The 2012 veg garden website is up now.

tree trunk

tree crown with dead branches
Notice the various branches that have not leafed out.

bark peeling away from base of tree
Bark could be pulled off in sheets, by hand.

tree worker being raised up into tree
Up he goes.

tree worker using chain saw raising a cloud of sawdust
Vrrm. Surprisingly the toddler slept through it.

large limb just sawn off
It’s away!

limb being craned away
Being lowered to the street (this is actually a different limb from the above).

the main trunk being craned away
The main trunk now going. We had this part sawed into fireplace length. Still need to get it split.

the area after the tree has been removed

More afternoon sun now, which will be good for my new foundation garden.

The big dying cherry tree in the front yard comes down today. I have mixed feelings about this. It’ll make the front yard a lot sunnier, so we can put veg there and I can worry less about some of the full sun plants I’m planning to put in the foundation bed. On the other hand, it’s a venerable old tree that probably would still be fine if not for the grading work that was done when our house was built (60 years ago!). This kind of cherry (prunus serotina) doesn’t often get this big. And I’ll miss seeing the line of the trunk from the dining room window.

Also: prunus serotina is a tree with a good deal of wildlife value. It’s the larval host for a number of butterfly and moth species. I see birds perching on it all the time, and I really hope there aren’t any active nests up there :(

On the plus side, the tree guys will also be cutting down the invasive glossy buckthorn that seeds itself around everywhere.

Pics to come.

1. The direct-sowed spinach is exactly the same size as the spinach started inside and transplanted, with approximately 85% less work.

2. There’s a bit of a bloom-lull going on at the moment – basically it’s geraniums and nothing else. Find another May-bloomer, please.

Our 2011 vegetable garden website is up! Our radishes are up! Our peas are up! Our lettuce is up! And our kale seedlings have sunburn, doh.

I pulled a grocery bag’s worth of garlic mustard today. But! one of my hepaticas is blooming!! I was sure they’d all been dug up by the squirrels and chipmunks, but one of them has lived!

Here’s a plant I definitely want for the garden:

This is purple milkweed, asclepias pupurascens. It’s an endangered species in Massachusetts. I took this pic in the rare plants area at Garden in the Woods. Although endangered, it looks like it’s possible it get purple milkweed commercially, at least as seed. One day, if I have my way, a bunch of these will replace one of my many stands of orange daylilies.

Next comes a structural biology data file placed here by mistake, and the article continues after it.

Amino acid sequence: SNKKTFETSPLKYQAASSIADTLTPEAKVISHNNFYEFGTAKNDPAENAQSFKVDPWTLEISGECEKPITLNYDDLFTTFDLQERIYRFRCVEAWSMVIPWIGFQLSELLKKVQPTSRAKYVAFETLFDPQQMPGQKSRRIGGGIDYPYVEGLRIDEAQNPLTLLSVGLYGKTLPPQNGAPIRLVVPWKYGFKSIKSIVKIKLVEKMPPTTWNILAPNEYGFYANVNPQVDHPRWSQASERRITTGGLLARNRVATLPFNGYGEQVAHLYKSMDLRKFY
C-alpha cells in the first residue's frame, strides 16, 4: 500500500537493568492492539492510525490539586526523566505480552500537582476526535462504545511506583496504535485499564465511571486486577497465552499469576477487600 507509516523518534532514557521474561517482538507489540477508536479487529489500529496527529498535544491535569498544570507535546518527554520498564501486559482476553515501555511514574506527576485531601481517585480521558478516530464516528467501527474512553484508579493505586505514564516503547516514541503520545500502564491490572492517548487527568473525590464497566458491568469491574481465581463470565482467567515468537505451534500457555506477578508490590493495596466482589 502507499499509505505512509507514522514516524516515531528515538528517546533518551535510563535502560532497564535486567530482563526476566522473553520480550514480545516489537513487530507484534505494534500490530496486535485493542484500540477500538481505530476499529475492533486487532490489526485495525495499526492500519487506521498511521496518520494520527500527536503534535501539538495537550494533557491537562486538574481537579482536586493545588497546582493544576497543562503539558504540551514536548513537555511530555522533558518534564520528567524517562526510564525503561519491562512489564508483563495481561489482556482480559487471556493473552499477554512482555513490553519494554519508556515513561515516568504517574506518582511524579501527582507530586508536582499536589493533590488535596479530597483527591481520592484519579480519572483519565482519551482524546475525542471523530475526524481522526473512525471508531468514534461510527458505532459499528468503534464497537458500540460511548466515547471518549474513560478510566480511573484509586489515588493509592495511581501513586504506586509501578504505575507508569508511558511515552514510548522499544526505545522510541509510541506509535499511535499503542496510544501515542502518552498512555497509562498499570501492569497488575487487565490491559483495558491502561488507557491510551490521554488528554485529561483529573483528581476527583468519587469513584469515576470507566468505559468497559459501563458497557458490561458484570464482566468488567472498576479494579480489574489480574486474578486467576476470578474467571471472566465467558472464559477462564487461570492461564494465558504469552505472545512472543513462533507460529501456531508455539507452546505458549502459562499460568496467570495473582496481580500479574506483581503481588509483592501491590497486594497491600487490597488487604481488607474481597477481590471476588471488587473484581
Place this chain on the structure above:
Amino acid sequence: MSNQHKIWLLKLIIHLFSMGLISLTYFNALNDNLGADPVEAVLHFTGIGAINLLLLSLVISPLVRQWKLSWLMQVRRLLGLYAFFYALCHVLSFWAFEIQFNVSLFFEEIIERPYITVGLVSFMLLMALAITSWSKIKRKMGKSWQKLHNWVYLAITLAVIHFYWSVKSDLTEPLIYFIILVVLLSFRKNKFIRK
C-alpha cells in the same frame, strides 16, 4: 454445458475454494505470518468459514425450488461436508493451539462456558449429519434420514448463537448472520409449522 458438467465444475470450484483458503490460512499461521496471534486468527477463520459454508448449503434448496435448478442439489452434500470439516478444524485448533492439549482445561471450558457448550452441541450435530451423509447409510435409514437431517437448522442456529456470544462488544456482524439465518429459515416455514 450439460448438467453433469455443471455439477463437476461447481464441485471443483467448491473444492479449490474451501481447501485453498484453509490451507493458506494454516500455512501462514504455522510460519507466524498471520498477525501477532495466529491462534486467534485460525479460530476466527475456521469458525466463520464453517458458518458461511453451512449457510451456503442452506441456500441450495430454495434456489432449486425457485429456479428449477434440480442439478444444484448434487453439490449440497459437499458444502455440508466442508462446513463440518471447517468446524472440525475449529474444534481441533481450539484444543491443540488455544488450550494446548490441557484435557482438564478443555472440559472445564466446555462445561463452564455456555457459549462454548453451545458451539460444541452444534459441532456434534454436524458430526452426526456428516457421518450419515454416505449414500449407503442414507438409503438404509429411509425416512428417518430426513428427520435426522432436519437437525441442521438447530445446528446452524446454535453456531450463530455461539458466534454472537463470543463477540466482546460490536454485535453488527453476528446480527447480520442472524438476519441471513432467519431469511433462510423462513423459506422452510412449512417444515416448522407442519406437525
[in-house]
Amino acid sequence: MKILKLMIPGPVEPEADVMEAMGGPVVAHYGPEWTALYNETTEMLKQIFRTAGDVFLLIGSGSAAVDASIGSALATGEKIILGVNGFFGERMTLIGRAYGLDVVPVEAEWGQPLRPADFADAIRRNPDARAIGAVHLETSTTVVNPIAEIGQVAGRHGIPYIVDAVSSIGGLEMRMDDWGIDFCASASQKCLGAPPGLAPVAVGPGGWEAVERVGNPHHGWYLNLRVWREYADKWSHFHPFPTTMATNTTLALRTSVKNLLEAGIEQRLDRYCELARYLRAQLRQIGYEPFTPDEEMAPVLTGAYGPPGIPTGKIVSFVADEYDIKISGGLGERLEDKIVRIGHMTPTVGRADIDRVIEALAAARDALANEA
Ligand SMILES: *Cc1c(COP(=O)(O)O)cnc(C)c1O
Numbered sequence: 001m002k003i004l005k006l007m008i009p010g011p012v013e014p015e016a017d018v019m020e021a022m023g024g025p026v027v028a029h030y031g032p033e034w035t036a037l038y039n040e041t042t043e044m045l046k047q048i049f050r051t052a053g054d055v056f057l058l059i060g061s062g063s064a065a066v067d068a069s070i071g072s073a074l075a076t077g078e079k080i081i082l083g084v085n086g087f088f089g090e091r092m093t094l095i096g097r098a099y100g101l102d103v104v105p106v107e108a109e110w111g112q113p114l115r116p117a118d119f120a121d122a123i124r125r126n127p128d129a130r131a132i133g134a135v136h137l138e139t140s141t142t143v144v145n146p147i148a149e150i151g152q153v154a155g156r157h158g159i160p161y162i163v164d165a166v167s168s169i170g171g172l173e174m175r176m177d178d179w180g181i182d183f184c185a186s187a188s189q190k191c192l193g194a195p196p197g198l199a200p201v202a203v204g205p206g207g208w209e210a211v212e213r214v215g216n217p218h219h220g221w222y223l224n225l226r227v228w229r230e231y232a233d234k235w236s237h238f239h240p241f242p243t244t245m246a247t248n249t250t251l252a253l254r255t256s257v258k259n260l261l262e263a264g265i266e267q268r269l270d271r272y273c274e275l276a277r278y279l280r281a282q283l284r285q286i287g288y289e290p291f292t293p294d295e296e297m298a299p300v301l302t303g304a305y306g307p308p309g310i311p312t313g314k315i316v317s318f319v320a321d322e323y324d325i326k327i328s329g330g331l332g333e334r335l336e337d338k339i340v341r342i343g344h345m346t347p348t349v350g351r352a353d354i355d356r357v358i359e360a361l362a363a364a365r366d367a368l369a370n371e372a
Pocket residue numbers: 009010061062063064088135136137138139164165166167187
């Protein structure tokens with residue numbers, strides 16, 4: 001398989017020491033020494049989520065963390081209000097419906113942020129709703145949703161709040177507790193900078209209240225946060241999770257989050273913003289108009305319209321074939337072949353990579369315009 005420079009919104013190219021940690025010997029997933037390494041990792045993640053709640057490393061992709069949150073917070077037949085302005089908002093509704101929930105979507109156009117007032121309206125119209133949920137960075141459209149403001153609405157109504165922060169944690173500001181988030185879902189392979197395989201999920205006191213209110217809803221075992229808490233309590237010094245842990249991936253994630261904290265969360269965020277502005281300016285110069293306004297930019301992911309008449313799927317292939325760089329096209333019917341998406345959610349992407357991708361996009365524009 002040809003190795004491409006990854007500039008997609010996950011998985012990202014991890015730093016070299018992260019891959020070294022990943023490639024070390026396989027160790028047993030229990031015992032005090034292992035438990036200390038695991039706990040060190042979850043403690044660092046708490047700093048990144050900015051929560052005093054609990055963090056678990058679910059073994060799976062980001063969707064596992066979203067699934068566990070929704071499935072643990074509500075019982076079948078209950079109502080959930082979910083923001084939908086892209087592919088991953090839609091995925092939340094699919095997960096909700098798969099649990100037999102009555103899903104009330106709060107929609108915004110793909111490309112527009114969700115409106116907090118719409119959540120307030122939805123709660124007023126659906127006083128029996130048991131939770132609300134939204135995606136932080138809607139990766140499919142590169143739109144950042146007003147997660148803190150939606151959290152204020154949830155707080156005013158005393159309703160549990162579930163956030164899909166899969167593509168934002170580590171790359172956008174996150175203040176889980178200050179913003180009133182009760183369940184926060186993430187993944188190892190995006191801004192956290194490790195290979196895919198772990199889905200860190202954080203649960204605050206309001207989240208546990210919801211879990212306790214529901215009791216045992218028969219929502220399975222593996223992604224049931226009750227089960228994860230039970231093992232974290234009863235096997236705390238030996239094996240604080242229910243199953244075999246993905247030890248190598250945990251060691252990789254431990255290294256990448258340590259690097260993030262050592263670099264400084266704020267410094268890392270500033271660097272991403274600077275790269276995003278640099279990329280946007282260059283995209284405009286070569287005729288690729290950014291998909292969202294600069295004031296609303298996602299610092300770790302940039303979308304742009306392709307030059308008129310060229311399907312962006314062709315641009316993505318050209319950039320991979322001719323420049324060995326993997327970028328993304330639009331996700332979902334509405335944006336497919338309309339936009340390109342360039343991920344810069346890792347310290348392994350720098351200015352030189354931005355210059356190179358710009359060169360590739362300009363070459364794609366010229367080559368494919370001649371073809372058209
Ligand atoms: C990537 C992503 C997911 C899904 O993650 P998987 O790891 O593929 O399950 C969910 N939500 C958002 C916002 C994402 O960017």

You may remember that a few weeks ago I noticed a black swallowtail in the garden. Well, today we have this:

It’s a baby black swallowtail caterpillar. Hopefully it’ll survive the birds long enough to get to the chrysalis stage.

Look at these lush leaves!

What plant is it that’s made such gorgeous growth?

It’s my pathetic radishes, that’s what.

I’ve had pretty poor success with radishes. These particular ones are supposed to be watermelon radishes, white on the outside and pink on the inside. I’ve had them from my farm share, so I know they grow for somebody. But both last year and this they’ve produced huge lovely tops and tiny woody roots. And they were already starting to go to seed, so I know they weren’t going to get bigger. I wonder why this happens? Anyway, pulled them all out yesterday, which should make room for the expansion of the tomato.

In other news, the pea flowers noted previously have now begun turning into these:


My peas are blooming. Pretty flowers :)

Today I saw a black swallowtail butterfly in our garden, hovering over our carrots and parsley. Yay!

Other butterflies seen in our garden this year:

  • cabbage whites (non-native, ubiquitous, and the first butterflies I saw this year)
  • a yellow one I think is a clouded sulphur
  • a red admiral (apparently a banner year for them)
  • a eastern tiger swallowtail just passing overhead

And it looks like monarchs have arrived in Massachusetts, so maybe, if I’m lucky, I’ll see a few of them too.

Garden blog, eh, what?

Yes, so, this is my new garden blog. Welcome. Not sure how or how much I’ll end up using this. Time will tell. In the meantime you can read the lay of the land post or look at a plan of our vegetable garden.

Or ask me questions!